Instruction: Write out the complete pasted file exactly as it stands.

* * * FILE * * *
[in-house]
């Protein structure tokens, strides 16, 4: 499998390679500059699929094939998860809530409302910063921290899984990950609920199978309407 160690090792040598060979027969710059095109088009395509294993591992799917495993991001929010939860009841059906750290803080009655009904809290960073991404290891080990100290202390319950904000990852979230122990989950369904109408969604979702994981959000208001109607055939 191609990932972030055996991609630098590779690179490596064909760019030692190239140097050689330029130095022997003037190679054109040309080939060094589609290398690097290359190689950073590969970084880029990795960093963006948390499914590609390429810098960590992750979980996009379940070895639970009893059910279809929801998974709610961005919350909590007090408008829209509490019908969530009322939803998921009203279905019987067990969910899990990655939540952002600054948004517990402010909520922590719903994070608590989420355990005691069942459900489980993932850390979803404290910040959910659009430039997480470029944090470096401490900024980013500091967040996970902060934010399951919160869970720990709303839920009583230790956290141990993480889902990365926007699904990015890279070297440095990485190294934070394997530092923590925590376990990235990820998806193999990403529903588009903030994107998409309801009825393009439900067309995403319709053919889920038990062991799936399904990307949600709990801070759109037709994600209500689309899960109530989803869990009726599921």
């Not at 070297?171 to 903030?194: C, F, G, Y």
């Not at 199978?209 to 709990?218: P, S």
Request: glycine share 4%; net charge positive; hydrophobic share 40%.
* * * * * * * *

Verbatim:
[in-house]
């Protein structure tokens, strides 16, 4: 499998390679500059699929094939998860809530409302910063921290899984990950609920199978309407 160690090792040598060979027969710059095109088009395509294993591992799917495993991001929010939860009841059906750290803080009655009904809290960073991404290891080990100290202390319950904000990852979230122990989950369904109408969604979702994981959000208001109607055939 191609990932972030055996991609630098590779690179490596064909760019030692190239140097050689330029130095022997003037190679054109040309080939060094589609290398690097290359190689950073590969970084880029990795960093963006948390499914590609390429810098960590992750979980996009379940070895639970009893059910279809929801998974709610961005919350909590007090408008829209509490019908969530009322939803998921009203279905019987067990969910899990990655939540952002600054948004517990402010909520922590719903994070608590989420355990005691069942459900489980993932850390979803404290910040959910659009430039997480470029944090470096401490900024980013500091967040996970902060934010399951919160869970720990709303839920009583230790956290141990993480889902990365926007699904990015890279070297440095990485190294934070394997530092923590925590376990990235990820998806193999990403529903588009903030994107998409309801009825393009439900067309995403319709053919889920038990062991799936399904990307949600709990801070759109037709994600209500689309899960109530989803869990009726599921």
């Not at 070297?171 to 903030?194: C, F, G, Y």
């Not at 199978?209 to 709990?218: P, S």
Request: glycine share 4%; net charge positive; hydrophobic share 40%.